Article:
My understanding is that the 2% management fee only applies to funds invested. If they raise $1B, but it takes 5 years to make all the investments, they only get the full 2% in years 5+.
If you put together a $50m fund, and haven't invested anything (you're working on sourcing deals) then you still need cash to turn on the lights. That's essentially what the management fee is for. You shouldn't be making money on your management fee.
This gets 'abused' quite a bit when it comes to larger multi billion $/€ funds, but for smaller funds, this should definitely be the case. Also the reason why for larger funds management fees sometimes get pushed down to 1.5-1%
Another thing that sometimes happens as well is that the fund partners get paid their carry when they liquidate an investment in year 3-5, before the entire fund is liquidated.
As wealth changes hands over time, this expectation may change.
The startup world isn't encouraging of founders who take high salaries or who take money off the table..
Some of this exorbitant salaries could have been paid to extend the runaway of key startups and generate better returns.
Surely the Lp's should look at such high salaries as exorbitant..
 - Secret App that has since closed shop
I think the well known firms tend to earn LPs good money, but aggregated it's bleaker. So although money-losing VCs still earn management fees (until they close down), earnings are lower than the example.
For the same reason people play any lottery: they don't look at the expected value, they look at the outliers and think, "That could be me, but only if I buy a ticket."
I guess you could ball park 5 partners per fund and therefore 4% carry per partner but that's probably not accurate because the carry distribution likely rewards partners in proportion to the success of the companies that they sourced or on whose boards they sit. Also you want to give a little bit to associates and junior partners.
Carry is not guaranteed but if the returns are positive you will get something (and 20% of a middling 5% return is still a lot of money on a billion dollar fund.) In any case carry is valuable in VC because they are like free call options on very volatile assets and option value increases with volatility.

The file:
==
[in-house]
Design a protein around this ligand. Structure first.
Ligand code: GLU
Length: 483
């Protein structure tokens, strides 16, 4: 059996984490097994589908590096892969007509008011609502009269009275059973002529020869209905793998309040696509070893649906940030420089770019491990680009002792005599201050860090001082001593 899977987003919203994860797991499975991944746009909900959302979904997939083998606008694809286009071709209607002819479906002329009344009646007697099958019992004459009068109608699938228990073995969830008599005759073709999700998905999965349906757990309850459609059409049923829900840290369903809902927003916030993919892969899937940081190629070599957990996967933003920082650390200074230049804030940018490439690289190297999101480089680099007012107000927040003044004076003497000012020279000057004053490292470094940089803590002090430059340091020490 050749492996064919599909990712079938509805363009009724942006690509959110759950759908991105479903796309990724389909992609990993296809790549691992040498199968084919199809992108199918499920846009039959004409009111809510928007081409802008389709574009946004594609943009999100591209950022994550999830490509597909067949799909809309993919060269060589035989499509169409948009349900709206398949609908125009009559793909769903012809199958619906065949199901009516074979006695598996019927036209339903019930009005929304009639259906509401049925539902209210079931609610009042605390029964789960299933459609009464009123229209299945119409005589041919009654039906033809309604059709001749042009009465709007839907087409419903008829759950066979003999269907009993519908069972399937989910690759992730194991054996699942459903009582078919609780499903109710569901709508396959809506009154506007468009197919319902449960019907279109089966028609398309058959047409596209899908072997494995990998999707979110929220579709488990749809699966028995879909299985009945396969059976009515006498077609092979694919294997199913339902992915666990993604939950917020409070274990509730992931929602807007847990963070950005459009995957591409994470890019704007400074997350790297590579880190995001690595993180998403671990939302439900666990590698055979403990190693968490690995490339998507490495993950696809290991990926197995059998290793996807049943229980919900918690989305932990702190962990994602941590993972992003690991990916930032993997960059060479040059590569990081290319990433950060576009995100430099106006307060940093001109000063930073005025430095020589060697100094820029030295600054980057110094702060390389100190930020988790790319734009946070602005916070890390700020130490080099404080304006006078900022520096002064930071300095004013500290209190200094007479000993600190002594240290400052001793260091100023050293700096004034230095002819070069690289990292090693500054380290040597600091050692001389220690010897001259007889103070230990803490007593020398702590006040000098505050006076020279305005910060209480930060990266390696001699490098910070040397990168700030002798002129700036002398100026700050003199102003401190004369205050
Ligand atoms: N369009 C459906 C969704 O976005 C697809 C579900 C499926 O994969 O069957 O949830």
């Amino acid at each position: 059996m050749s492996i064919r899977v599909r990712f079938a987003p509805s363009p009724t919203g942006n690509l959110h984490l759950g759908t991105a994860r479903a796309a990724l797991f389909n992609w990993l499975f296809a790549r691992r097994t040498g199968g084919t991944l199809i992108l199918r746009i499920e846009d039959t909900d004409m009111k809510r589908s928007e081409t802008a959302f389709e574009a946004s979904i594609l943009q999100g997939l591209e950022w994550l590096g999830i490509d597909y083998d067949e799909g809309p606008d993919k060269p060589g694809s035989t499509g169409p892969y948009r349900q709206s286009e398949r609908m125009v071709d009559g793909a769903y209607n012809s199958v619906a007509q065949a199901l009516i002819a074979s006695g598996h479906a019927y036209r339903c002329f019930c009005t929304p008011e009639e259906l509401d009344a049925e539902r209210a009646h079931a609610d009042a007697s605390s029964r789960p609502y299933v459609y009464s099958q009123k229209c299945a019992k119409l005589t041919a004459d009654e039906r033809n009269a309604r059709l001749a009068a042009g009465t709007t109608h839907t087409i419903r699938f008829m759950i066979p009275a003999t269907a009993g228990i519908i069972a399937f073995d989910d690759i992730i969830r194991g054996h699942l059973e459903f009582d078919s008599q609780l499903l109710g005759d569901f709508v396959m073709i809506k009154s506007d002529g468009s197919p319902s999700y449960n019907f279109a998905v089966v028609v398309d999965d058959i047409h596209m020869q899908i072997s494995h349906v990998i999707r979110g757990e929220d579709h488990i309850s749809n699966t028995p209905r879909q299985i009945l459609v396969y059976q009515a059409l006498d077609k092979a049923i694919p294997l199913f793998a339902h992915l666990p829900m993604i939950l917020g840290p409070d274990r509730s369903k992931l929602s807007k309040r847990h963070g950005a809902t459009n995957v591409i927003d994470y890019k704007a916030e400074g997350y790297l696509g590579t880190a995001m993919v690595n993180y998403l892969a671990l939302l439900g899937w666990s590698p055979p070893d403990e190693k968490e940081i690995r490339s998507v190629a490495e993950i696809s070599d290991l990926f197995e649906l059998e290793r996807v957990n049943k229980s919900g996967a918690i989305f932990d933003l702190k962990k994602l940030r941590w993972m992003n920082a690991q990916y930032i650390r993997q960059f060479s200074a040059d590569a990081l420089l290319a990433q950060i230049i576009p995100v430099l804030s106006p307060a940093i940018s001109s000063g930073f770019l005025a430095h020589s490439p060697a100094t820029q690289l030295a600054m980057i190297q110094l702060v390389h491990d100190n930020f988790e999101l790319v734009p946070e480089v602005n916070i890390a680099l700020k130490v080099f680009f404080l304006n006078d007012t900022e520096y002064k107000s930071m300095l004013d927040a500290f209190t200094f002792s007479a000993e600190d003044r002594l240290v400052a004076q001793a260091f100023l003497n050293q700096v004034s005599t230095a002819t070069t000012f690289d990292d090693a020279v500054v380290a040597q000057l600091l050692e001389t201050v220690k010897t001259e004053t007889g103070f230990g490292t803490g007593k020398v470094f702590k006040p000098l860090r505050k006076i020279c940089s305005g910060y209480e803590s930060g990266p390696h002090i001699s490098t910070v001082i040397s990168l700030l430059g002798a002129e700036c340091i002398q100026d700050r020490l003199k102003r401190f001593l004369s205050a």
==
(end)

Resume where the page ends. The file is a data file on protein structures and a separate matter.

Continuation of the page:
It's difficult to calculate how much VCs are getting from carry because fund returns are closely guarded secrets.
All this said it's pretty tough to break-in to top VC firms.
"In 2013, 153 early-stage funds in the US raised US$9.4 billion" Going with the mean (even though median is better) suggests the average fund is ~$60 million. Let's say that a firm runs 2 concurrently. 2013 was a boom year, so let's say the last fund was $40. So it's 100mm under management. They keep 2% of funds under management, and get 20% carry. Let's say that the funds appreciate 10% a year (we're talking mean - it may actually be lower). That means 2% of 100m = $2mm in management fees and 20% of 20% of 10% of 100m = $2mm in carry. (I'm ignoring compounding, but let's let that slide) The firm has $4mm to pay rent, fancy trips, business dinners and nice salaries. If the firm invests the $100mm in 20 deals, perhaps it needs 5 partners (4 boards per partner?) and 5 associates. Let's call the fixed overhead a half million dollars? That leaves $3.5 million - perhaps each partner takes home $500K and each associate $200K? Or $600K per partner and $100K per associate?
My informal intuition is that the top partners do much better, while most folks do a little worse. We're also in a boom time now because great investments are being harvested, and lots of money is entering the sector. Net - they're doing good in both carry and management fees.
This may sound a lot, but generally the private equity folks earn more.
Edit: this is for an Angel Investor, SeoxyS explained better the concept of general VCs
PDF copy here: http://www.kauffman.org/~/media/kauffman_org/research%20repo...